Monday of Easter Octave
Acts 2: 14, 22-33
Psalm 16: 1-2a, 5, 7-8, 9-10, 11
Matthew 28: 8-15
Brethren, “He was not abandoned to Hades, nor did his flesh experience corruption.” (Acts 2: 31b). Christ who suffered, was crucified and died on the tree, as God planned and decreed, through his “foreknowledge,” is risen from the dead without doubt, and death has been defeated. St Paul would sing aloud and say to the Corinthians “Death where is your victory? Where, O death, is your sting?” (1Cor 15:55) My friends in the Risen Lord, Christ has indeed risen, God has raised him from the dead as St Peter affirms it in the first reading.
In the first reading, we encounter Peter taking the step forward and addressing the crowds on how God had planned and how He continues to plan it all out in fulfilling his promises to Abraham and even to us in these times. Peter goes on not to blame those who crucified Christ and he seemingly applauds them for making God’s plan come true. What Peter does is that he brings to their attention and in particular their consciences, and to us the “Good News”, the reason why we must repent and believe in Christ whom Peter has begun to pronounce. We ought to be a new creation altogether. Indeed and true, my friends in the Risen Lord was and is “not abandoned to Hades, nor did his flesh experience corruption.” Christ has risen to be with us to lead us to the Father. To take us with Him to proclaim the Good News first to us who say we have been called to extended that mandate of discipleship.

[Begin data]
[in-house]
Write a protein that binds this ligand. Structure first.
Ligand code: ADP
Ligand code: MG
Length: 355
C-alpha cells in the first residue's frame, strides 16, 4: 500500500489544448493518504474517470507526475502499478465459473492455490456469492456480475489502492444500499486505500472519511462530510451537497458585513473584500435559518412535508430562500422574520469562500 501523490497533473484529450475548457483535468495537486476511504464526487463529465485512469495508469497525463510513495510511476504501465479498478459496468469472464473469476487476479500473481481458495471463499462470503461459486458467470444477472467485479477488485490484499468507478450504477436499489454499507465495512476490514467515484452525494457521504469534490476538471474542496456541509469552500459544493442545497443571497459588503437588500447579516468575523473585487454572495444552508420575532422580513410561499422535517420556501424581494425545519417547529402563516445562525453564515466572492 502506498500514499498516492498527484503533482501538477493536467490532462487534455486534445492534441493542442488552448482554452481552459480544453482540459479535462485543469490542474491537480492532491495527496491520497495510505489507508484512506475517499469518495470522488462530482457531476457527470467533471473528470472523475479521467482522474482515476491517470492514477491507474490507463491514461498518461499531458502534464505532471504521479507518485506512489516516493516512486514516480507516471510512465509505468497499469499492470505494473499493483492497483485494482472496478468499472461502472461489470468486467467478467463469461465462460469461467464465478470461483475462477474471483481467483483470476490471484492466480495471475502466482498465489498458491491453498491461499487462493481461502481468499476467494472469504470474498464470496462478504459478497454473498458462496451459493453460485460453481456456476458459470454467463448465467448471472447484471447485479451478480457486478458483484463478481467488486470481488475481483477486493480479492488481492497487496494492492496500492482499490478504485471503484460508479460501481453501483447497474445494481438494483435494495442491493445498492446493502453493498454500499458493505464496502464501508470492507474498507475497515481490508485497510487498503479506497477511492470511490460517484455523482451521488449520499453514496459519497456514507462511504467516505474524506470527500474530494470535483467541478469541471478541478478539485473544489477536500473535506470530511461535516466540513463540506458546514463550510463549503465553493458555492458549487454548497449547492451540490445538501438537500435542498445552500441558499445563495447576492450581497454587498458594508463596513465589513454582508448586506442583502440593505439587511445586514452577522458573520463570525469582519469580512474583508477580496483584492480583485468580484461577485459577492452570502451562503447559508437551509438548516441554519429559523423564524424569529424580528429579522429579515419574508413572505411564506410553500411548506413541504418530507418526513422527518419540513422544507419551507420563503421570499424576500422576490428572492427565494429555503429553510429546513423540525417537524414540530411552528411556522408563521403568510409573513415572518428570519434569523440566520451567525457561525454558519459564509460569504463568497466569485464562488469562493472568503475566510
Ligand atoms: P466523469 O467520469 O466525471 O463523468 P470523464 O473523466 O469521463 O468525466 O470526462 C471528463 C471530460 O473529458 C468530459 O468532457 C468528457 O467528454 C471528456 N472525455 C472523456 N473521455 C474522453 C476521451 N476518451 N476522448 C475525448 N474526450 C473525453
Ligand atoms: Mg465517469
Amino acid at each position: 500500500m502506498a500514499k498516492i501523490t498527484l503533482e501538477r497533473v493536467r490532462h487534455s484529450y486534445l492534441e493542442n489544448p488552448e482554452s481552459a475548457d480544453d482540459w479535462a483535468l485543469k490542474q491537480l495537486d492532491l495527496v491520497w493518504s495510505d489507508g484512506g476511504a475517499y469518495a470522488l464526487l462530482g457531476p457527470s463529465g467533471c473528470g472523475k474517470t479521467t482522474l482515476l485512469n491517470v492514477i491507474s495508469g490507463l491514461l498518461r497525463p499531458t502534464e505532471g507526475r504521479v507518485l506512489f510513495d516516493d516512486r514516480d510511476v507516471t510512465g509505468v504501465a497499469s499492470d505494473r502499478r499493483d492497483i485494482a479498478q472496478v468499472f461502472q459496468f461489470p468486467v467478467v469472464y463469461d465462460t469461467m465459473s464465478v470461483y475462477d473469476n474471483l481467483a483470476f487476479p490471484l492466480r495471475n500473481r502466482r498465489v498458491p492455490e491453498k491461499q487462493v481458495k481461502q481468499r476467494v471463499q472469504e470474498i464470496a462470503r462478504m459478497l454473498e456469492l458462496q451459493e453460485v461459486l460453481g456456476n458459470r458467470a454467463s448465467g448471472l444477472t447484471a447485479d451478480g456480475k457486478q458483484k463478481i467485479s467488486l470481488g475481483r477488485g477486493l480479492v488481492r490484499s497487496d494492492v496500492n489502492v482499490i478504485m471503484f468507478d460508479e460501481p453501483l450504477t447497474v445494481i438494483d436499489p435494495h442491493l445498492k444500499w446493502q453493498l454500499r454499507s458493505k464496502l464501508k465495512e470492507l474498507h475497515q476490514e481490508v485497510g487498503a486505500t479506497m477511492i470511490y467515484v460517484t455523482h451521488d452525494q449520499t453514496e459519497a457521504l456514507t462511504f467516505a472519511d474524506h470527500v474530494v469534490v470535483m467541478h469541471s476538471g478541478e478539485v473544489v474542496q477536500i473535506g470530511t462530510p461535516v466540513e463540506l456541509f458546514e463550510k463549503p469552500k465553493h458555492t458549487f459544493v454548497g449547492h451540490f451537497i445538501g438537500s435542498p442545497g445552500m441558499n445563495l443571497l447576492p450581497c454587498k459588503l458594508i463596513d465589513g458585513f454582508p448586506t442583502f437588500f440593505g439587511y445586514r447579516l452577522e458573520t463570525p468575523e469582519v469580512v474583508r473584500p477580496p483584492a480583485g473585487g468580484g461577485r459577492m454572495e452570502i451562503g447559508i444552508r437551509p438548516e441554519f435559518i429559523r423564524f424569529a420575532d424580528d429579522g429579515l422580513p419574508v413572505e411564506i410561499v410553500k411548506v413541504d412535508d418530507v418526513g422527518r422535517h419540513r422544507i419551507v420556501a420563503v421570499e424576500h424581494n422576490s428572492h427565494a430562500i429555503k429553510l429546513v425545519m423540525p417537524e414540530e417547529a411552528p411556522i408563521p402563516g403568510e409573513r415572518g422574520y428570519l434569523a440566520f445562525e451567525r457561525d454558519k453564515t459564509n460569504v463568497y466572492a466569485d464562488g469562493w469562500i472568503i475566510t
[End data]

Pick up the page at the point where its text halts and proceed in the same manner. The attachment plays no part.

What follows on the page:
In the Gospel passage we encounter felt by Mary Magdalene and the other Mary with the risen Lord. Christ sends these two women to his brothers. However, the guards rush to announce to the priests, that he is indeed risen “what should we say about this situation?” This gospel passage communicates two things namely, good news and evil/bad news. The good news is seeing, face to face, and that experience, that feeling, of listening when we are sent to tell others about the current situation that is ‘death has been defeated. The evil/bad news, is that the priests continue sinning and choosing to ignore the truth before them. They continue scheming and letting evil perpetuate in their cycles.
As a new creation, let us avoid evil because Christ has shown such love not only did he say it, but he went on to show it, that is by by dying for you and me on the Cross. As Peter addresses let us wake up and begun also to proclaim by not only the words but by our way of life. How we communicate, how we walk, what we wear, and all the signs and gestures that we do matter a lot as we proclaim the Good News that is Christ has risen from the dead. Let us then go out to proclaim that Christ is indeed and truly risen from the dead. For sure God did not abandon Him (Christ) to the hades, nor did His flesh experience corruption. Moreover let us keep this in mind this Easter mood that unless “my and your” righteousness surpasses that of the scribes, “I and you” will not enter the Kingdom of heaven (cf. Mt 5:20). Let us show much love in all that we do and proclaim the Risen Christ through our way of life.
Let us pray:
We thank you Christ the Risen Lord for defeating death and sin. May we encounter you and witness to you resurrection through our lives.